Although Hyunwoo is what she’s most often thinking about, this volume spends most of its time developing the friendship between Seyoung and Hyunjung, and pushing Seyoung and Yunho just a little closer together.  The subtleties in the relationships here are wonderful.  The way Seyoung agonizes over every conversational nuance, seeing the unspoken reactions from each of the characters as the three of them go out on what are more or less “group dates”… it’s just a lovely story.

About the only thing I can fault the series for is the fact that the pace is a bit slow.  But that’s only to be expected when Seyoung spends so much time analyzing all her personal relationships and reevaluating them after every event.

It’s just… really fascinating to see everything developing in Seyoung’s life.  There is no right and wrong for her as far as friends and relationships go, so to see her work out the gray areas, and seeing how the decisions of other people affect her and how she interacts with other people is pretty satisfying.  The series does an excellent job of showing things an honest-to-God normal teenage girl would worry about.  I love it.

So… the paperback output from Netcomics has been down to a trickle lately, probably due to x and y factors, economy, blah blah blah.  I’ve been broken of my dislike of reading their stuff online, but that doesn’t mean I still wouldn’t rather read paperbacks.  I still like buying a whole bunch of stuff during the Right Stuf studio sales, but there’s been less and less new stuff from Netcomics for each sale, so I tend to go back for the old stuff.  Narration of Love at 17 is an older series, both in terms of when it was first published in Korea and when Netcomics started publishing it, and I was actually surprised by how much I like it.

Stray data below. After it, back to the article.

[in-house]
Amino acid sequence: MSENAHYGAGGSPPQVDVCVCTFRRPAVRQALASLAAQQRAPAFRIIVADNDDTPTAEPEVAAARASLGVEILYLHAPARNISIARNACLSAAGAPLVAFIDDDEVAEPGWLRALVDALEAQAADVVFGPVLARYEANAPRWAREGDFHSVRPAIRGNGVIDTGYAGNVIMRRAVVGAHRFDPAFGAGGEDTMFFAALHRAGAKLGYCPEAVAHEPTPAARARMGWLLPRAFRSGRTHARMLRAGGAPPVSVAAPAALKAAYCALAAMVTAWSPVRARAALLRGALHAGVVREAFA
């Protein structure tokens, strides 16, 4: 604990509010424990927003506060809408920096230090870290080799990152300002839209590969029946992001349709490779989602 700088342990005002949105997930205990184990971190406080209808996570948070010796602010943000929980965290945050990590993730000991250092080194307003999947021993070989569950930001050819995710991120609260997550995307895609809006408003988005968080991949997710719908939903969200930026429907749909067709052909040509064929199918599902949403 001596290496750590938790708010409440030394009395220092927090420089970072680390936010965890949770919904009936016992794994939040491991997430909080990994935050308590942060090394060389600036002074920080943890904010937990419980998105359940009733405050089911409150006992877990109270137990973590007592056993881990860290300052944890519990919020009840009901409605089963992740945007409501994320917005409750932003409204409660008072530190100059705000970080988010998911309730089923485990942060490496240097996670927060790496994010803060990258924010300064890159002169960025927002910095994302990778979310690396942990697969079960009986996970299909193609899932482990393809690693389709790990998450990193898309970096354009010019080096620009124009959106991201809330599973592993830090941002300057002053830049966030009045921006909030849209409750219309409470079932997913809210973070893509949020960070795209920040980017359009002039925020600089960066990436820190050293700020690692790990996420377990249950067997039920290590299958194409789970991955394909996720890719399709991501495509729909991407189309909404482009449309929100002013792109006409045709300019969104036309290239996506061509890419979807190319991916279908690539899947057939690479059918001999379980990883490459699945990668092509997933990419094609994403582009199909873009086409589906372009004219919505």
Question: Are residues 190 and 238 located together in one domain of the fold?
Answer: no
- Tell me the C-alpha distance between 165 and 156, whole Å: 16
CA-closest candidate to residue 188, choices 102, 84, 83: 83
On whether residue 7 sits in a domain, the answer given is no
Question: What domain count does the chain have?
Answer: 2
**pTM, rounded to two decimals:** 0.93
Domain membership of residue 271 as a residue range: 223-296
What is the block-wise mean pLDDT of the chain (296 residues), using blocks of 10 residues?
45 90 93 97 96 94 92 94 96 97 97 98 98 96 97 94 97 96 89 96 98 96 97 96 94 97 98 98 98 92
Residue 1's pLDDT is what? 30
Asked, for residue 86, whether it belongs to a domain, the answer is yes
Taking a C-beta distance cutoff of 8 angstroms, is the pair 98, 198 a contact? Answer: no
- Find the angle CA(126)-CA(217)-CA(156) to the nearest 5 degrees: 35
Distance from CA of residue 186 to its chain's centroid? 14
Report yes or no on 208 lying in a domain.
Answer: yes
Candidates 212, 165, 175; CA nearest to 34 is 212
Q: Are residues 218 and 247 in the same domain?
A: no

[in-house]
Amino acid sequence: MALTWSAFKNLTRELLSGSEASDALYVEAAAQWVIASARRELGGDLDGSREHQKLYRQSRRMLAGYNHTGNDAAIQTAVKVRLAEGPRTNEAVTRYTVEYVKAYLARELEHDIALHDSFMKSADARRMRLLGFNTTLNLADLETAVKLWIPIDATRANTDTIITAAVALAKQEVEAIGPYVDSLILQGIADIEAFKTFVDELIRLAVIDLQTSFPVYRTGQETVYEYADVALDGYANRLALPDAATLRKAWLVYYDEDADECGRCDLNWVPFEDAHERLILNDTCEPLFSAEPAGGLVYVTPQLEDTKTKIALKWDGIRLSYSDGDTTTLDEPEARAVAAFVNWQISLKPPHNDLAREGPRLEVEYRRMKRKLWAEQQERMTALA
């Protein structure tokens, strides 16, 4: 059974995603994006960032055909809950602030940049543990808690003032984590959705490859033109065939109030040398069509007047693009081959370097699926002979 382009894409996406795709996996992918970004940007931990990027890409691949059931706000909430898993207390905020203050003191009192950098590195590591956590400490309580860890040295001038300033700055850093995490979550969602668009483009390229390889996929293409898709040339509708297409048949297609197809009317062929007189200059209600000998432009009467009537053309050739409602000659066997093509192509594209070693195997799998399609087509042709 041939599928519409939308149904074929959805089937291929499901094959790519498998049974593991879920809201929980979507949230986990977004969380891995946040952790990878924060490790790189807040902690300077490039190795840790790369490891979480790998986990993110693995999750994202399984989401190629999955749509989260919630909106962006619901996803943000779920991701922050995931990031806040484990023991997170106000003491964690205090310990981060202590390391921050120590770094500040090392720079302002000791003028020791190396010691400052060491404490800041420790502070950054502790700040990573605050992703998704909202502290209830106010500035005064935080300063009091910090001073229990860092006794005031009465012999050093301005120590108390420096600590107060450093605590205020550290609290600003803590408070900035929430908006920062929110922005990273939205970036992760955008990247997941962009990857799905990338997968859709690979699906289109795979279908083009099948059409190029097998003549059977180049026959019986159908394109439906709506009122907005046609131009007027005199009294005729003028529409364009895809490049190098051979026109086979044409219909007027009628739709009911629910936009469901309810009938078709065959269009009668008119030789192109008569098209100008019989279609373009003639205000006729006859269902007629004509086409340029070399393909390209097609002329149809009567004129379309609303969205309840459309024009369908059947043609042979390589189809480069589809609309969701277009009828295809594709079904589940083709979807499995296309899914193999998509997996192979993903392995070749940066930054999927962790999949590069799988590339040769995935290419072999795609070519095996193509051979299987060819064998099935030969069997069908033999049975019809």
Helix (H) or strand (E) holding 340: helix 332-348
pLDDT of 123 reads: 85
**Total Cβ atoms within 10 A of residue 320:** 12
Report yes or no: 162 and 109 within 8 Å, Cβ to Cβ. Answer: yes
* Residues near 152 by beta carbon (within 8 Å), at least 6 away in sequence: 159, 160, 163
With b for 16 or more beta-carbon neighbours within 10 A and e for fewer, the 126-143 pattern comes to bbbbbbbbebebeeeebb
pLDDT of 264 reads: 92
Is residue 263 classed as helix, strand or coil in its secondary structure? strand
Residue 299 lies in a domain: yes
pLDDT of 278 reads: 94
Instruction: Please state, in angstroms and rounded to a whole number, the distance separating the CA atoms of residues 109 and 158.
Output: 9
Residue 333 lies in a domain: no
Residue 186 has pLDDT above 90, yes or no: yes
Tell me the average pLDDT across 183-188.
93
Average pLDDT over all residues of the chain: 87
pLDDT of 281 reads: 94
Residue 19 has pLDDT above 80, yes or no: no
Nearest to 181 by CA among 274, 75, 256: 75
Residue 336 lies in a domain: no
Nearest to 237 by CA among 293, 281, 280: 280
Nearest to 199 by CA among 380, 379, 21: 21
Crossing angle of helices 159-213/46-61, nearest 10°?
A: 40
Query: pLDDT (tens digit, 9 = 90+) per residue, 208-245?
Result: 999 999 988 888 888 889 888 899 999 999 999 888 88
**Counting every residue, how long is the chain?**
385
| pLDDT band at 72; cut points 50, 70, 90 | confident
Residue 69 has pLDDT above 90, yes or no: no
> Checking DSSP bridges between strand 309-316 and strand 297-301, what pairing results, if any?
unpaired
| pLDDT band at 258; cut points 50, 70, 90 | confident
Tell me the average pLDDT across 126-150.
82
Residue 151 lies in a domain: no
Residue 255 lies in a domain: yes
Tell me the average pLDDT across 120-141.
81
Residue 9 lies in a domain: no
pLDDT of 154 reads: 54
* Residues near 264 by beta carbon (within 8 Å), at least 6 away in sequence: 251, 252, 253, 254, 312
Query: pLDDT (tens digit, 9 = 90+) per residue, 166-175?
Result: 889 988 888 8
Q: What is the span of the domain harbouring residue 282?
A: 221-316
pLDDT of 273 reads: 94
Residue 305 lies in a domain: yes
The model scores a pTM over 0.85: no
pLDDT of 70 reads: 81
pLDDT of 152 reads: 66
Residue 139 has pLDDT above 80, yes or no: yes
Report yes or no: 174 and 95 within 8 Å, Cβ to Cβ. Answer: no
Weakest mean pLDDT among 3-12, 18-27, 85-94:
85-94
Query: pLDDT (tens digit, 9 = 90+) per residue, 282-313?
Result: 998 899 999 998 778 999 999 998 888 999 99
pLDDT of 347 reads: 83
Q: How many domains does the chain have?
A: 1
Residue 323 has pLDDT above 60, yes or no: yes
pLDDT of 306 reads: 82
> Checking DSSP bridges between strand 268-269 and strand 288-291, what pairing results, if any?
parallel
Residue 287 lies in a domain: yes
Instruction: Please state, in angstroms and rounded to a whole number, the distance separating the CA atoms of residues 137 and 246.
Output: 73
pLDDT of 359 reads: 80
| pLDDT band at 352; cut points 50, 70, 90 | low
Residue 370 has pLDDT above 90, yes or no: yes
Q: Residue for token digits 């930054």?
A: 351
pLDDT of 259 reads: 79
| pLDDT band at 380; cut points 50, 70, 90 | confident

As much as it probably doesn’t sound like it given the fact I rave about Skip Beat and Honey Hunt, I like to stay away from series that focus on acting because it’s such an easy hook.  For some reason, I don’t trust stories to integrate the acting parts well, and I just… don’t like them, usually.  The characters here are in an acting club at school.  This series is, for all intents and purposes, a romance manga, but the characters talk about acting all the time.  The president of the acting club is one of the romantic interests, and the main character and her rival compete for the same part in the play.  But the play is never shown or described, and the part itself isn’t really discussed so much as the fact the girls are (sort of) competing for it.  I have to say, I kind of like the hands off approach, because I could go without having to drag my way through another school play or whatever, and we still get the drama (no pun intended) that goes along with the theatre club.

Narration of Love at 17 is actually a pretty serious series.  It starts off with the main character, Seyoung, confessing her feelings to her childhood friend Hyunwoo, and getting brutally rejected when he thinks she’s just practicing for an acting role on him.  Her rival, Hyemi, the pretty and talented star of the acting club, winds up getting a television series and breaking her committment to the club in order to take a television role.  To add insult to injury, Hyemi also clearly has a crush on Hyunwoo.  Hyunwoo is oblivious to this, but he spends less and less time with Seyoung.  Seyoung takes her anger out on Hyunwoo when he is around, which pushes him further away.

There’s actually kind of a good balance of rival love and hate.  As much as she would love to hate Hyemi, Hyemi is actually a nice girl, and Seyoung can admit to herself that the sole reason she doesn’t like her is because she is jealous.  She also can’t stop herself from being angry at clueless Hyunwoo, even though she knows this isn’t how to go about making him understand how she feels.  A lot of the comic focuses on Seyoung’s introspection and analysis of the people around her, which is interesting despite a bit of a foggy adaptation.

This series actually stops and lets the reader think about situations after they happen, rather than going from one situation to another and letting the characters sort everything out for you.  There’s a lot of things that remain unsaid between everybody, including what is obviously, but never overtly spoken of, an attraction between the president of the drama club and Seyoung.  It’s subtle, and kind of a nice read.  As much as I like contemporary shoujo comics, it’s almost like taking a breath of fresh air to go back to an older one, which are somehow very different, even if they are only 10 or so years behind.

I did like the first volume, but it’s still got a ways to go before it becomes a classic-must-read-type series.